Euro Court may open UK branches

LONDON and Edinburgh could have their own mini European Courts of Justice under decentralisation plans aimed at easing the growing congestion and delay of cases being heard in Luxembourg.

The proposed break-up of the European Court of Justice (ECJ) is part of a radical programme of reform which would mark the biggest shake-up since its foundation in1952. An ECJ's 33-page report argues that national courts of the ECJ sited in each member state would have the advantage of operating in the language of that country - helping to reduce the delay caused by the huge translation costs.

They would also be "closer" than the European Court of Justice to the national legal system in which the cases were referred. The mounting costs and delay in hearing more and more Community cases has placed enormous pressure on the ECJ. This has not been helped by some countries, notably Italy, the Netherlands and Greece, bringing "barmy" cases which have not been properly prepared. This said, Nicholas Green QC, chairman of the Bar European Group, had led senior ECJ judges to conclude that it would be better for member states to hear more of their own cases. One of the court's proposals for immediate change is a "clarification" procedure whereby the ECJ can ask the domestic court to make it clearer what is asking.

In a stark warning about the court's future ability to deal with its increasing case-load, ECJ president, Gil Carlos Rodrguez Iglesias, said that "recent institutional developments risk further worsening the current state of the community system of law".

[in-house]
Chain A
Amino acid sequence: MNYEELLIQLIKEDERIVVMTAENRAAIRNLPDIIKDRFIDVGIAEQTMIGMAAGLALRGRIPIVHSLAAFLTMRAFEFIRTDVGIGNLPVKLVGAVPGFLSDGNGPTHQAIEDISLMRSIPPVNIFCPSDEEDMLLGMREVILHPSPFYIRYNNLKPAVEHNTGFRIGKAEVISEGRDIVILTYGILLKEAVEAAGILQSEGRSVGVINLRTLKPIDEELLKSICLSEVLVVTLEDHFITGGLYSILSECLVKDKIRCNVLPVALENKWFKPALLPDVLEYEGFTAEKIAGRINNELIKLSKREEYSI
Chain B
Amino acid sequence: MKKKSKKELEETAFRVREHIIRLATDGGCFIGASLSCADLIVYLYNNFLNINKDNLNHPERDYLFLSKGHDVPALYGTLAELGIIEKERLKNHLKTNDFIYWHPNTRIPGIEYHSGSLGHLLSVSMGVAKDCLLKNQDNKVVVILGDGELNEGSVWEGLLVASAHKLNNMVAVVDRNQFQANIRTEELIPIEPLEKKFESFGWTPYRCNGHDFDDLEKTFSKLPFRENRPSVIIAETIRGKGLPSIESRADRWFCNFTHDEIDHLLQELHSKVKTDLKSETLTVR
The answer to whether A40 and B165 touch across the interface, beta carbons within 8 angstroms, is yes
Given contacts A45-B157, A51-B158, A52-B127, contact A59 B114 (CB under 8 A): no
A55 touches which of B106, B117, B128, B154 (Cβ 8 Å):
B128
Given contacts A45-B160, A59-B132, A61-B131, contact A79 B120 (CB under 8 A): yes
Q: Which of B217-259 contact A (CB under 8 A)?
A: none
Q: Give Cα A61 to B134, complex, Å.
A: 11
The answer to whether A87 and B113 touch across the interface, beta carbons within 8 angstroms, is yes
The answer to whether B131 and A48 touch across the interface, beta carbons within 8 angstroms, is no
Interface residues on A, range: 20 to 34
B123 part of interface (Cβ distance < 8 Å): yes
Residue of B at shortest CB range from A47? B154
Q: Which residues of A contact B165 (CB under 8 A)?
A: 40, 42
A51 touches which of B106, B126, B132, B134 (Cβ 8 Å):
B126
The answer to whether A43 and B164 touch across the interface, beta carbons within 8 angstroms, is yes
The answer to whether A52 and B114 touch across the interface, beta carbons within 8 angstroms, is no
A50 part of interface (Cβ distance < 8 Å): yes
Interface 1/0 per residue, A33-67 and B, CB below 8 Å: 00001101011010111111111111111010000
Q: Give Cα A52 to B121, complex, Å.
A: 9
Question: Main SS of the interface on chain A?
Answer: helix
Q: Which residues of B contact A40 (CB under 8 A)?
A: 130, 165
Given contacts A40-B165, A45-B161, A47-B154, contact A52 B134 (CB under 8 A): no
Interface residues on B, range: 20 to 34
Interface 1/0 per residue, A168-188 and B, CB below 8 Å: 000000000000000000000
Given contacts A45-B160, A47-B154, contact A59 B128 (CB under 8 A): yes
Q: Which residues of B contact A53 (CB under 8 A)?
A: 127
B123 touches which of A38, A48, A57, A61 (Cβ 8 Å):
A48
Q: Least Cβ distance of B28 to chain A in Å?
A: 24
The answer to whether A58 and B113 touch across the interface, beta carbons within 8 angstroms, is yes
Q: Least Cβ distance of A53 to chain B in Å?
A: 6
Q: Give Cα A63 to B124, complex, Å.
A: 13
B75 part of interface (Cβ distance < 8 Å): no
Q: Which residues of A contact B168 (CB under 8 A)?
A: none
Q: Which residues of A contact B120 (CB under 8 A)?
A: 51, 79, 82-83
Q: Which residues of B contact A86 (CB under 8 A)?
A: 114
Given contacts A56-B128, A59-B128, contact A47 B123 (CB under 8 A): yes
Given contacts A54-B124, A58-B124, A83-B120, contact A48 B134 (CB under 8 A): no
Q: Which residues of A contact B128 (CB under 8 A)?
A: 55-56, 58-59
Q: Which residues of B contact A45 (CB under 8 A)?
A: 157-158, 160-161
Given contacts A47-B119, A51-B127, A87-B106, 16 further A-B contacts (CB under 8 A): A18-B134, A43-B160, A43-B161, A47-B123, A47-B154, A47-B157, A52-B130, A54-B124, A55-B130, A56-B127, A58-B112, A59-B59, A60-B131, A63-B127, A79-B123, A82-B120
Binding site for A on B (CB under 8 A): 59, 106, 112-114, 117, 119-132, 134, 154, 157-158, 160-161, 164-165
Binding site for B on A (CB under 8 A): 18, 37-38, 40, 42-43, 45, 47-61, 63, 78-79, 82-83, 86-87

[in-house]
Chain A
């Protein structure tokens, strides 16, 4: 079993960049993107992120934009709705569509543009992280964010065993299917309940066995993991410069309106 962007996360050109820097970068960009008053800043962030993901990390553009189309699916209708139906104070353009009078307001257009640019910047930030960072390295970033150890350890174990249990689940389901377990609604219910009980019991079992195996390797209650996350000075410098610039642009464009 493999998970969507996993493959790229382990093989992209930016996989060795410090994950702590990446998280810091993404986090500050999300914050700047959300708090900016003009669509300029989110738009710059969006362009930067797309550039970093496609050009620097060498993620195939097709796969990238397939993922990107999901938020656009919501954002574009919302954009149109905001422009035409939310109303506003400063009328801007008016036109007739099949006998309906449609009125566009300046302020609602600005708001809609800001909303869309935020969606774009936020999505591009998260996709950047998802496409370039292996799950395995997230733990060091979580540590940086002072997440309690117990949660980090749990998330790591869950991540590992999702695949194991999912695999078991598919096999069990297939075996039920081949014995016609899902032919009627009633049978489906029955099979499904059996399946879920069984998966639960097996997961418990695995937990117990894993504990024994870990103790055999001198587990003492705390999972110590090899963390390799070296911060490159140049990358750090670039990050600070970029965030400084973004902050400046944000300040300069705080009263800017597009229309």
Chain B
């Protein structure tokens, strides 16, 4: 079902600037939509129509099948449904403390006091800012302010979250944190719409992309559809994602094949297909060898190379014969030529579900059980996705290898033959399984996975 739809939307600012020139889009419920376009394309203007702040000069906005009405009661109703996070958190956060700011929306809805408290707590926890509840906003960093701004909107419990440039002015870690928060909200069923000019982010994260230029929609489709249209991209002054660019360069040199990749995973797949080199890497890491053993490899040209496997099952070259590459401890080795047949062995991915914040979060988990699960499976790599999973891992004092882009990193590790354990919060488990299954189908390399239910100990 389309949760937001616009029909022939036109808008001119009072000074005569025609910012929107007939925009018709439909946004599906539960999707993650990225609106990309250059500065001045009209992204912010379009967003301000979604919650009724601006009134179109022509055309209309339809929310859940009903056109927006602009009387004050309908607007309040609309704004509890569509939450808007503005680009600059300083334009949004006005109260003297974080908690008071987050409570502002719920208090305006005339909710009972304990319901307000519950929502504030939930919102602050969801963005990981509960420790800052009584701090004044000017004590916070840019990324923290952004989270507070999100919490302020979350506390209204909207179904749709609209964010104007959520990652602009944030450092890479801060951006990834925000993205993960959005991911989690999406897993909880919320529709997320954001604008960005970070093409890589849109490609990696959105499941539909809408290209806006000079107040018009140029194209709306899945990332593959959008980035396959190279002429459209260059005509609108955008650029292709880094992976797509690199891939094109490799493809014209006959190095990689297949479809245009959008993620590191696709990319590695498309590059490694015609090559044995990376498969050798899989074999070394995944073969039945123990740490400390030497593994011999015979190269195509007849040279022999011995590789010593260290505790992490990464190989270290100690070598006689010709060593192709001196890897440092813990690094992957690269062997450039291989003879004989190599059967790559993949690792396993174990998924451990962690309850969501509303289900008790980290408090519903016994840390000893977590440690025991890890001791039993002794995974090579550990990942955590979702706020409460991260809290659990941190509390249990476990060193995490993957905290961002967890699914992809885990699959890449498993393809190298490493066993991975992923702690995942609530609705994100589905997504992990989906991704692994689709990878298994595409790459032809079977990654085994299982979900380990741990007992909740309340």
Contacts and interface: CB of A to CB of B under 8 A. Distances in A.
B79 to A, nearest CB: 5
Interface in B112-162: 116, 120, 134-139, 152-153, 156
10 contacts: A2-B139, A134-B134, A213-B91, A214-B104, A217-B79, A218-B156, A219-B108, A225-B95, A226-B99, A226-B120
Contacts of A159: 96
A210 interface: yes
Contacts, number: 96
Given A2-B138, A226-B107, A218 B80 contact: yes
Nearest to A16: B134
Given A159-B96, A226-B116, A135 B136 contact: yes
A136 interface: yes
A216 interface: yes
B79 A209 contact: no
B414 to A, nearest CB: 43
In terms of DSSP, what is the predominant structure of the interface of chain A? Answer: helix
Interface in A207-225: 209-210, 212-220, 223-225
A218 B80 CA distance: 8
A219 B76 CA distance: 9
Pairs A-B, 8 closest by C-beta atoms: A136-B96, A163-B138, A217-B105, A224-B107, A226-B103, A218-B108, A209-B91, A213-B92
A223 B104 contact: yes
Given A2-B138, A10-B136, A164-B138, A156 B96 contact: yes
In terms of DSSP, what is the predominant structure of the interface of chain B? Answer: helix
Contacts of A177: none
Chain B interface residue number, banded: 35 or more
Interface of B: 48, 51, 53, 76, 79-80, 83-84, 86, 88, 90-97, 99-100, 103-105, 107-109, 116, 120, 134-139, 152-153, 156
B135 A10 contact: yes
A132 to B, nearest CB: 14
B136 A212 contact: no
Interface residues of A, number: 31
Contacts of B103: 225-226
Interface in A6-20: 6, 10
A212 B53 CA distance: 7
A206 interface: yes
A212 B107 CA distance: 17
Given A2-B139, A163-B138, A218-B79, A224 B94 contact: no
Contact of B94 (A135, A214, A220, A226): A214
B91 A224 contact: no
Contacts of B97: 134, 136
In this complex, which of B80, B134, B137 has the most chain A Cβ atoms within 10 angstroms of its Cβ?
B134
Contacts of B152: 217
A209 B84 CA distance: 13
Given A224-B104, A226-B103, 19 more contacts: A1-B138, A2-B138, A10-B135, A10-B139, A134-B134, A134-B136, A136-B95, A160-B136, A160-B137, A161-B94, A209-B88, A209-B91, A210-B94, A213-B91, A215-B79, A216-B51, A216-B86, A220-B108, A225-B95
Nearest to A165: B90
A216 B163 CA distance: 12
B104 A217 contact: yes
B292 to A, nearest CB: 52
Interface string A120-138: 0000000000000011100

Mr Rodrguez Iglesias, the court's most senior judge, identified an existing backlog of cases as well as imminent changes which would stimulate future litigation. These included the third stage of the European Monetary Union and the enlargement of the community to a number of former eastern bloc countries.

He said there was already a "dangerous trend towards a structural imbalance between the volume of incoming cases and the capacity of the institution to deal with them." In 1990 there were just 145 cases before the ECJ - last year that number had risen to over one thousand.

There is a two-year delay for cases to come before the ECJ after referral from a domestic court. These figures are expected to worsen in the next three years as the court is asked to tackle problems relating to judicial and police co-operation across member states and more freedom of movement cases as refugees flood in from the Balkans crisis.

An increasing administrative burden is the need to translate every key document into every language of the community. The ECJ proposes to introduce a fast-track system for hearing cases and implementing a case-filtering procedures.

Start your day with The Independent, sign up for daily news emails
Have you tried new the Independent Digital Edition apps?
ebooks
ebooksA special investigation by Andy McSmith
  • Get to the point
Latest stories from i100
Have you tried new the Independent Digital Edition apps?
Independent Dating
and  

By clicking 'Search' you
are agreeing to our
Terms of Use.

iJobs Job Widget
iJobs General

Ashdown Group: Senior Accounts Assistant - Accounts Payable - St. Albans

£26000 - £28000 per annum + benefits : Ashdown Group: Senior Accounts Assistan...

Ashdown Group: Treasury Assistant - Accounts Assistant - London, Old Street

£24000 - £26000 per annum + benefits : Ashdown Group: A highly successful, glo...

Recruitment Genius: Installation and Service / Security Engineer

£22000 - £40000 per annum: Recruitment Genius: This company is part of a Group...

Recruitment Genius: Service Charge Accounts Assistant